The 2011 Eagles, meanwhile, with the quartet of LeSean McCoy, Brent Celek, Jeremy Maclin and DeSean Jackson, would be the most talented set of weapons McNabb has ever played with. If they can get even a limited amount of improvement from their offensive line, it would be the best Eagles offense ever.
That's right. Better than any of the NFC Championship game losers. Better than the Terrell Owens team. Better than the 2009 team that set a team record for points scored. It would be the best Eagles offense in the history of the franchise.
They just need a proven quarterback.
And really, what better time would there be to have him? All his criticisms aside... and trust me, there's a laundry list...McNabb has unarguably played at his best with that chip on his shoulder. Getting booed at the draft, getting called out by Rush Limbaugh, being questioned by Terrell Owens, even getting benched against Baltimore just two years ago... McNabb always bounced back and shut his critics up by playing great and winning football games. Now he's seen how burgundy and yellow the grass really is on the other side of the fence. Can you imagine how he'll play after getting spurned for Rex friggin' Grossman?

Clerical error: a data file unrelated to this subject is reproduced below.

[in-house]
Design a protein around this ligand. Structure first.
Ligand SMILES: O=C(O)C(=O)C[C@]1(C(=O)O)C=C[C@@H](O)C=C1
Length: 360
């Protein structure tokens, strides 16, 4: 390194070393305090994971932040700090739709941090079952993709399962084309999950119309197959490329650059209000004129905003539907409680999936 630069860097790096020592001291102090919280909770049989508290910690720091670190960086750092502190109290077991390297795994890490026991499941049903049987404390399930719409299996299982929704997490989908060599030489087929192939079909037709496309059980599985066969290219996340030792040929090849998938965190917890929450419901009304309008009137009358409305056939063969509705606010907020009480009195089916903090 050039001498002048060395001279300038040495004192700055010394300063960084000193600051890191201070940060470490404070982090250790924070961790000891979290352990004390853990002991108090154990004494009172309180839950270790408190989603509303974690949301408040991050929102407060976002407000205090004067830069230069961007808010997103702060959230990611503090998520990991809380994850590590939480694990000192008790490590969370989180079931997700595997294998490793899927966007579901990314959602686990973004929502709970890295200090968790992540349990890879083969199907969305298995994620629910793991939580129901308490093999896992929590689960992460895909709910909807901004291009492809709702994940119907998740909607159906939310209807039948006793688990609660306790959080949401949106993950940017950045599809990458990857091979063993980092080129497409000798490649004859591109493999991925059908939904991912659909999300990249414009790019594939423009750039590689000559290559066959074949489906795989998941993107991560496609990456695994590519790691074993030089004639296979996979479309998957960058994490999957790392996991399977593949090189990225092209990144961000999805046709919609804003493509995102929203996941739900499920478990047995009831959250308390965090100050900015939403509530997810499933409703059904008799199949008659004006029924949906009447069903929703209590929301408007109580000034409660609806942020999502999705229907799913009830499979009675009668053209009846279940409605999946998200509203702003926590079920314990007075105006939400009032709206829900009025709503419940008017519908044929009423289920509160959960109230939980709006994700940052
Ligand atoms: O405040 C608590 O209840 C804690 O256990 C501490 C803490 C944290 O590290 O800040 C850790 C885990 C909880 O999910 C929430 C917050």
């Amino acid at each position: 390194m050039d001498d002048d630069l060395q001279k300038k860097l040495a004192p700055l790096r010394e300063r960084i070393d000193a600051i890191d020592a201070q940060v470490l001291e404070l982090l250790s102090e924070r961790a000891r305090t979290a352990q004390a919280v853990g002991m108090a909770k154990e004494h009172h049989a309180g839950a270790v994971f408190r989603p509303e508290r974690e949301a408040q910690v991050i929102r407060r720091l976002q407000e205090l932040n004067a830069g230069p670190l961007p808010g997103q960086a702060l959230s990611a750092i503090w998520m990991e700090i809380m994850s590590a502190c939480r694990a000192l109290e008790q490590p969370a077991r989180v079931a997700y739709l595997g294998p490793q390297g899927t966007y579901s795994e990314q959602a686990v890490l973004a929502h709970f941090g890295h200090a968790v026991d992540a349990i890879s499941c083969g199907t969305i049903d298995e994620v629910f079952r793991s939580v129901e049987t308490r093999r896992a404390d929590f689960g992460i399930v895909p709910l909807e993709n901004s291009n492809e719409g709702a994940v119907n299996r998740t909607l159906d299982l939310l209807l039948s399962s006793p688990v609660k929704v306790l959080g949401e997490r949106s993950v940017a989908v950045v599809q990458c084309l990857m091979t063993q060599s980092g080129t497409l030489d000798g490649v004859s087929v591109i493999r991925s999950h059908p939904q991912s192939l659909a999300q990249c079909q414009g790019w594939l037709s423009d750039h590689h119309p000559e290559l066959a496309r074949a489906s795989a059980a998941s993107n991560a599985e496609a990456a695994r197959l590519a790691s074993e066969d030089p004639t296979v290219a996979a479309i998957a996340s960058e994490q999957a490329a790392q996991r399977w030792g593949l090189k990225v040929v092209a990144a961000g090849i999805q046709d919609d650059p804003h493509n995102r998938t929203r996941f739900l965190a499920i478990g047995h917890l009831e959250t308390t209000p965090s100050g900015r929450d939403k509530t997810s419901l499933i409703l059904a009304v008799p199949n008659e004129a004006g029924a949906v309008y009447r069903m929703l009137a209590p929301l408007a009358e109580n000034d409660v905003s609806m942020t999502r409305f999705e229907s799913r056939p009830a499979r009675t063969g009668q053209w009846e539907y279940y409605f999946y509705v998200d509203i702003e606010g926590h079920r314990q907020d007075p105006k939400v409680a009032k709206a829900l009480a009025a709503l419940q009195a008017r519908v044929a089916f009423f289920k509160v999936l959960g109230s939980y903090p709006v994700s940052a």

Perhaps the MVP-caliber Vick we saw against Detroit in Week 2 (Ha!) and Jacksonville in Week 3 (Double Ha!) is the real deal. Or maybe Kolb finds a way back in the game we see what the Iggles thought they saw over the summer.
Or maybe the 2010 NFL season ends and the single most important job in the city of Philadelphia, the starting quarterback job, has a big HELP WANTED sign on it. And maybe the man who held the job better and longer than anyone else ever is available.
The question isn't can it happen? The question is: Why wouldn't it? - Eric Marmon
Eric Marmon is the Senior Editor of NYSportsDigest.com. He graduated from Hofstra University, is a retired Whaler, and currently resides in Brooklyn, New York.